Theme: True Unity
In this week’s lessons, we see what true Christian unity looks like, and how it blesses everyone involved.
Scripture: Psalm 133:1-3
In 1978 Margaret Halsey, a columnist who frequently writes for Newsweek, wrote an article titled “What’s Wrong with Me, Me, Me?” Halsey referred to Wolfe’s description of the 70s as the “me” generation, highlighting the belief then rampant that “inside every human being, however unprepossessing, there is a glorious, talented and overwhelmingly attractive personality [which] will be revealed in all its splendor if the individual just forgets about courtesy, cooperativeness and consideration for others and proceeds to do exactly what he or she feels like doing.”1
The problem, as Halsey pointed out, is not that there are not attractive characteristics in most people but that human nature consists even more basically of “a mess of unruly primitive elements” which spoil the self-discovery. These unruly elements need to be overcome, not indulged. And this means that the attractive personalities we seek to discover really are not there to be discovered but rather are natures that need to be developed through choices, hard work and lasting commitments to others. When we ask, “What’s wrong with me?” it is the “me, me, me” that is the problem.
This affects our relations to other people too, because, in spite of what humanism seems to promise, it makes our world inhuman. And a failure to relate to other people hurts not only them, but also ourselves. 
Charles Reich in his best-selling book The Greening of America wrote:
Modern living has obliterated place, locality and neighborhood, and given us the anonymous separateness of our existence. The family, the most basic social system, has been ruthlessly stripped to its functional essentials. Friendship has been coated over with a layer of impenetrable artificiality as men strive to live roles designed for them. Protocol, competition, hostility and fear have replaced the warmth of the circle of affection which might sustain man against a hostile environment. 
He said that “America [has become] one vast, terrifying anti-community.”2
Are our churches exempt? Sometimes perhaps. But not everywhere and not always. Michael Scott Horton has written:
Our churches are one of the last bastions of community, and yet, they do not escape individualism….Many of us drive to church, listen to the sermon, say “hello” to our circle of friends, and return home without ever having really experienced community. Earlier evangelicalism was so focused on corporate spirituality that communion was taken with a common cup….We hear endless sermons on spiritual gifts and how the body of Christ is supposed to operate in concert. And yet, our services often are made up of the professionals (particularly the choir) who entertain us and the individual, separate believers who are entertained.3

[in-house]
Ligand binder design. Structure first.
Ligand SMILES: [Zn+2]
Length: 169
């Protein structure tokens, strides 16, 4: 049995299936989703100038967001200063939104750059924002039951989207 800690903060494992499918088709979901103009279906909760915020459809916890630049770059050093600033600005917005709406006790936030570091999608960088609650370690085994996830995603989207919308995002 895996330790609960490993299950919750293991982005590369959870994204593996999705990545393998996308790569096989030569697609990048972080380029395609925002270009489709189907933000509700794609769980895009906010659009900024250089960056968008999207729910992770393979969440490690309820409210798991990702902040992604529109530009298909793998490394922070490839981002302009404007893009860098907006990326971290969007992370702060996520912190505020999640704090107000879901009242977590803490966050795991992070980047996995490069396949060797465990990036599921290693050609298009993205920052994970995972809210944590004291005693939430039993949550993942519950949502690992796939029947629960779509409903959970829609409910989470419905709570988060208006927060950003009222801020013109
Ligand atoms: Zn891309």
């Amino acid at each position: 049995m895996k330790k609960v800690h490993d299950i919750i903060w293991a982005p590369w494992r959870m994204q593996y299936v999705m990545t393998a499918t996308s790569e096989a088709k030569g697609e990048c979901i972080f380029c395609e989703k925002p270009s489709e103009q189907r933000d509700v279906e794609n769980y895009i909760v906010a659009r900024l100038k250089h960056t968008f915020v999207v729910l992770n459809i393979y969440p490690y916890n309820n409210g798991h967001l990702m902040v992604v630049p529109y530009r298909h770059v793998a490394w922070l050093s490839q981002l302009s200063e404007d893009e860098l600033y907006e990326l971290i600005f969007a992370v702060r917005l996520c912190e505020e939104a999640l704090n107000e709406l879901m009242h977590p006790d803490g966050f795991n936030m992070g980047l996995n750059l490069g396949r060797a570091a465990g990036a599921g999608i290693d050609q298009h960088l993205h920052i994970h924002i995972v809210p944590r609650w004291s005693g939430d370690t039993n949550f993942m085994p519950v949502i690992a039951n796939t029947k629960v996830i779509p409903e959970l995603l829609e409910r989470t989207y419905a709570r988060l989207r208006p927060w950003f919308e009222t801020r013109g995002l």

Where does unity come from, then? And can it be found again once it has been lost? We have already seen that unity comes from God, and the answer to the second question is that it can be rediscovered and reestablished, but only as men and women get outside of themselves and submit their own selfish individualism to a higher and more worthy cause than self-indulgence. 
The Bible shows the way. As far back as the Garden of Eden we find God looking at the world he had made and observing, “It is not good for the man to be alone” (Gen. 2:18). God wanted man to live with relationships and in harmony; so he created a woman with whom the man would be able to share God’s bounty and the joys of the work God gave to our first parents. And Adam did, until sin caused mutual accusations and disharmony. 
We find the same thing in the New Testament. When Jesus established the new people of God he did not do it by abandoning those who are saved from sin to themselves and their own devices, but by bringing them into a new fellowship: the Christian church (Matt. 16:18). 
And not only that. Jesus prayed for the church, and one thing he prayed is that God might give his people unity:
My prayer is not for them [the original disciples] alone. I pray also for those who will believe in me through their message, that all of them may be one, Father, just as you are in me and I am in you. May they also be in us so that the world may believe that you have sent me. I have given them the glory that you gave me, that they may be one as we are one: I in them and you in me. May they be brought to complete unity to let the world know that you sent me and have loved them even as you have loved me (John 17:20-23). 
This is not an artificial or an enforced unity. It is a unity based on a common participation in Christ and his gospel. It is analogous to the unity that is in God. 
1Margaret Halsey, “What’s Wrong with Me, Me, Me?” Newsweek, April 17, 1978, p. 25. 
2Charles Reich, The Greening of America: The Coming of a New Consciousness and the Rebirth of a Future (New York: Bantam Books, 1971), p. 7. 
3Michael Scott Horton, Made in America: The Shaping of Modern American Evangelicalism (Grand Rapids, MI: Baker, 1991), p. 169. 
Study Questions: 

What spoils self-discovery? 
How can unity be found again once it has been lost? 
What was Jesus’ prayer for the church? 

Reflection: Think about your church attendance and practices. Have you experienced real community? If not, why is that the case, and what do you need to do? 
For Further Study: To learn more about unity, download for free and listen to James Boice’s message from Ephesians 4, “Unity! Unity!” (Discount will be applied at checkout.)

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